1. Yeah I saw this VAT idea in your 2010 paper on Macroeconomics post-crisis. But i don't see really making much dent our AD deficiency, especially since absent a ridiculous super-fast economy-wide balance sheet clean-up via government/central bank intervention I don't see how it would work in our (as in UK) wretching household deleveraging crisis where sustained fiscal stimulus in the face (and in conjunction with) of zero-bound constrained monetary policy is necessary. The spectre of Japan circa 1997 with its sales tax led deficit reduction haunts me here.

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  3. There are three relevant real interest rates. One is nominal interest minus consumer price inflation -- this is the rate which should affect consumption. The other is the nominal interest rate minus producer price inflation. This should affect investment along a balanced growth path. OK also the nominal interest rate minus the rate of increase of prices of capital goods should shift the timing of investment.

    My concern is that the second real interest rate is not reduced by rising VAT. If I am deciding whether to invest, I compare my nominal revenues which depend on the price I get for my product to depreciation plus nominal interest. The fact that consumers will have to pay more does not make it profitable for me to invest.

    I admit again that if I am deciding when to invest, I will invest now when I can get equipment and building materials without paying higher VAT.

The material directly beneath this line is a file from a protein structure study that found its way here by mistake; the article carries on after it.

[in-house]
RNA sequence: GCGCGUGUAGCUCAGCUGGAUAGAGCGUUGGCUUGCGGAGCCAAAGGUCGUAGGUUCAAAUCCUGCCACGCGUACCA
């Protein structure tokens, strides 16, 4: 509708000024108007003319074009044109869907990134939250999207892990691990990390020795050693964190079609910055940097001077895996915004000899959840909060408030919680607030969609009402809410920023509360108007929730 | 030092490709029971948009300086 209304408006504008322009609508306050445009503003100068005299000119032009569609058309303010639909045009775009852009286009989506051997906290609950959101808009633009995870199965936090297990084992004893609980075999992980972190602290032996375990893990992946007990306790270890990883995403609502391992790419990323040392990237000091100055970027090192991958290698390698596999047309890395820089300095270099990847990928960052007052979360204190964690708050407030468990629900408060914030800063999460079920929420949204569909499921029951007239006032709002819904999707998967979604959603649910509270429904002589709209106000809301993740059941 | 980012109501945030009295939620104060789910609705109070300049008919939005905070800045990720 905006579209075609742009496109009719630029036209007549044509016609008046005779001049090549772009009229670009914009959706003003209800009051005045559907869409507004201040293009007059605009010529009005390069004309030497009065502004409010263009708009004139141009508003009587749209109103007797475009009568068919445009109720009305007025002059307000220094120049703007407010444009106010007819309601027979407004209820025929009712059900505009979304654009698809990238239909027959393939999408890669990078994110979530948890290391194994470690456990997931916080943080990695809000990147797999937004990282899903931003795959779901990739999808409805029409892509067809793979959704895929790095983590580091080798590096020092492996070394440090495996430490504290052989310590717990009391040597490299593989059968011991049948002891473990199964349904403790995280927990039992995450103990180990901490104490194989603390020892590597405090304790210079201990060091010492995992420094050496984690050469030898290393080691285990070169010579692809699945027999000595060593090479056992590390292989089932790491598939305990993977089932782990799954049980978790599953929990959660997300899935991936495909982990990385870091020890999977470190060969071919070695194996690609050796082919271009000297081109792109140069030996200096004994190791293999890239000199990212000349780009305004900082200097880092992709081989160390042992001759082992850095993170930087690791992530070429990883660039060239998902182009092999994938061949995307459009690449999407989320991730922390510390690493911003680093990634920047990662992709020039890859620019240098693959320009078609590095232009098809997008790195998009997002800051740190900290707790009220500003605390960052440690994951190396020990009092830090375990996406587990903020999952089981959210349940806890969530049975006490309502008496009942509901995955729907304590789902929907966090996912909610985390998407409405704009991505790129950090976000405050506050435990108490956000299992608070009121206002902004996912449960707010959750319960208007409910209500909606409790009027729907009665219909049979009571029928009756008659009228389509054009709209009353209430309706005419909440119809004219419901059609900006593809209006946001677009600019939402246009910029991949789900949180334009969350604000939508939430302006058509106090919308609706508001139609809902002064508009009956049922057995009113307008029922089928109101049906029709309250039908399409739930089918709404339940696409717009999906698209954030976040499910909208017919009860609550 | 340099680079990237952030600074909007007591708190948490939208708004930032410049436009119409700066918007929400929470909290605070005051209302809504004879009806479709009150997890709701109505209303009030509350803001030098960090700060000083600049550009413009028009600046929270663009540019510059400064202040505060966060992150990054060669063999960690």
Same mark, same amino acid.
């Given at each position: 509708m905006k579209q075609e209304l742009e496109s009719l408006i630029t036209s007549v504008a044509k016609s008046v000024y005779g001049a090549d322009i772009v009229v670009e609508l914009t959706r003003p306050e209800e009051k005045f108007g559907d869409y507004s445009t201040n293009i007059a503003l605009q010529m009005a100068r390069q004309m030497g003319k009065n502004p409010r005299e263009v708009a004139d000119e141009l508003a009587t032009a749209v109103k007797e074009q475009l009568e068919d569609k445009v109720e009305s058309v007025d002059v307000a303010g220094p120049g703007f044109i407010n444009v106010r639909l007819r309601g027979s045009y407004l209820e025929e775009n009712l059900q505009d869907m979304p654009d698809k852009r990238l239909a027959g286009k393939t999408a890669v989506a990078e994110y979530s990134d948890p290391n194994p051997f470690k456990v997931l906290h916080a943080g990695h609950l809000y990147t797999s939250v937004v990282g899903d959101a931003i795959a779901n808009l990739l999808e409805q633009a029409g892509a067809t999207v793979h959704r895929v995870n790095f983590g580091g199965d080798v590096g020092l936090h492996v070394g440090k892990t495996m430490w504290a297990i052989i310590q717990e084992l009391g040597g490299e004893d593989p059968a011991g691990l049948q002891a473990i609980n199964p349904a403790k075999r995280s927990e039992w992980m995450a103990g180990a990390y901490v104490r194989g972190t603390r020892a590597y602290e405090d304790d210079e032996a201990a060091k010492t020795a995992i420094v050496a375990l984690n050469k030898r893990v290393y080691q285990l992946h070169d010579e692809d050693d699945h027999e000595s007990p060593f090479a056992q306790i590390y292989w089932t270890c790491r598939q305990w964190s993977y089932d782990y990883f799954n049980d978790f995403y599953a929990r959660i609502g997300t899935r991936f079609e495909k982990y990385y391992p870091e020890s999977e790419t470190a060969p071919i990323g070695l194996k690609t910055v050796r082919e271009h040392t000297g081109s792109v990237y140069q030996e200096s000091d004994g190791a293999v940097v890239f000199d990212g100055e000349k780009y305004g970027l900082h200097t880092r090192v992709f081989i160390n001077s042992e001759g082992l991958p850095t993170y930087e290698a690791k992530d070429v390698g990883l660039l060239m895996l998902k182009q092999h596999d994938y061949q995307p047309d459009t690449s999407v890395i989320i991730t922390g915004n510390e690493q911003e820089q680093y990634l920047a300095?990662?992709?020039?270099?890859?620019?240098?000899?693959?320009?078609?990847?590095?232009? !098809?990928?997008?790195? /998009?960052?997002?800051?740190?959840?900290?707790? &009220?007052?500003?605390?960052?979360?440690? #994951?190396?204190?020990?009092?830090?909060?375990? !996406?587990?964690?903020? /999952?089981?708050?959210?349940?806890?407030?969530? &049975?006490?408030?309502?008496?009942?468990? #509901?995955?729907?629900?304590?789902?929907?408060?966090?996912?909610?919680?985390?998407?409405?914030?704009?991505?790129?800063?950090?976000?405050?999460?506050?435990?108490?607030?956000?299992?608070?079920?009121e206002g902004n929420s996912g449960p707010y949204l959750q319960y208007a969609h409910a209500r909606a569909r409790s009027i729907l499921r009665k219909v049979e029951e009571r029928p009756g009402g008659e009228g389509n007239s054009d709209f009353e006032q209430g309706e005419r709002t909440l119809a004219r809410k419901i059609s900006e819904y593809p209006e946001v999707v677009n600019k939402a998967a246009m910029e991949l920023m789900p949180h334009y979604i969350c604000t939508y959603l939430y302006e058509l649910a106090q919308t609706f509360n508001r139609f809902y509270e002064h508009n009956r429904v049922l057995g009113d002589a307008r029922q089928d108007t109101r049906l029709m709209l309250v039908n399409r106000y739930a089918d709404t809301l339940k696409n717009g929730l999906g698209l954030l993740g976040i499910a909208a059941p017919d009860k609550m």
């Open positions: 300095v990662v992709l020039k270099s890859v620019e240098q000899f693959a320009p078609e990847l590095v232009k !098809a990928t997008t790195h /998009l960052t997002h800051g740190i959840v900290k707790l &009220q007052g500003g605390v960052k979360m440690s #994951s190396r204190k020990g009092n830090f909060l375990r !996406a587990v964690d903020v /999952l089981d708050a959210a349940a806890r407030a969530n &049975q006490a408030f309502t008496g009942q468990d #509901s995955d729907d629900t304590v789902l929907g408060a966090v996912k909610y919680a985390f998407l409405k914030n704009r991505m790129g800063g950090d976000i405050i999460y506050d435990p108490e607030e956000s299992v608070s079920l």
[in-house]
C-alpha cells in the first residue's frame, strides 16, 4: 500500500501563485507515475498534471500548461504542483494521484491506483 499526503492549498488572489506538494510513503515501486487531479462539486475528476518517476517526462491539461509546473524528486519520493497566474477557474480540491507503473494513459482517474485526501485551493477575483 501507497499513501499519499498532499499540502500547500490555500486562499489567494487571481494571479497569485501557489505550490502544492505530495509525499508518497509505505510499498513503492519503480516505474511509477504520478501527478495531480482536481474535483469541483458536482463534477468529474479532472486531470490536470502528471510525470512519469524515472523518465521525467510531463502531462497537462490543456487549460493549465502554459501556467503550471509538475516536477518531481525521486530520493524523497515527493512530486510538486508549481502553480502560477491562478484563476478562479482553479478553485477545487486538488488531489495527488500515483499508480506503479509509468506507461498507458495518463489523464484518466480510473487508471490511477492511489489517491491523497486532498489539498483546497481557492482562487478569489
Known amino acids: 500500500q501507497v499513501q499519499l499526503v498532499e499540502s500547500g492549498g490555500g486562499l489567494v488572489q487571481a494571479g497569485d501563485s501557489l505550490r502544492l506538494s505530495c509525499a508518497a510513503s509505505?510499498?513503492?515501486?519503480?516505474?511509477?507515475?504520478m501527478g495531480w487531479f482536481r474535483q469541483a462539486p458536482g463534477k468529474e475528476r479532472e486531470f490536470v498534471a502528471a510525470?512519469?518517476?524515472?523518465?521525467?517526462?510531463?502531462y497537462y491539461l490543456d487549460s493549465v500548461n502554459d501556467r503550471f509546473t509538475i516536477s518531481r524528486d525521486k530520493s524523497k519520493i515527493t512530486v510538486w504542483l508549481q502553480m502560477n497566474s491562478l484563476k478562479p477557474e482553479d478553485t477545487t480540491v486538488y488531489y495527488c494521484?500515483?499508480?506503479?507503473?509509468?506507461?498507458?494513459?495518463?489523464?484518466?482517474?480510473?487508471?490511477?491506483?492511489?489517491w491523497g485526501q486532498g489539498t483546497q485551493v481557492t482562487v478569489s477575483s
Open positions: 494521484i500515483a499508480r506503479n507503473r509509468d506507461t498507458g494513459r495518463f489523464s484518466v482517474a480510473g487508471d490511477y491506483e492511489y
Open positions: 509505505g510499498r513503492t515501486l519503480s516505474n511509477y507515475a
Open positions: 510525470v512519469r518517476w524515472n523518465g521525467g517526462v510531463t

But it still seems to me that you are thinking of a model in which real interest rates have an economically important effect on consumption. I think there is essential no evidence of any such effect (last I heard GMM estimates of the aggregate intertemporal elasticity of substitution were negative. In any case, empirical estimates of it are tiny.

    I guess that it is still true that DSGE models require reasonably high intertemporal elasticities of substitution to come close to fitting the data. But they don't fit the regression coefficient of consumption. growth on the real interest rate. Here I fear that focusing on a micro founded model which most nearly fits the data has possibly lead you to believe something about the relationship between real interest rates and consumption which is simply inconsistent with the data.

  4. Paolo Siciliani16 April 2012 at 11:56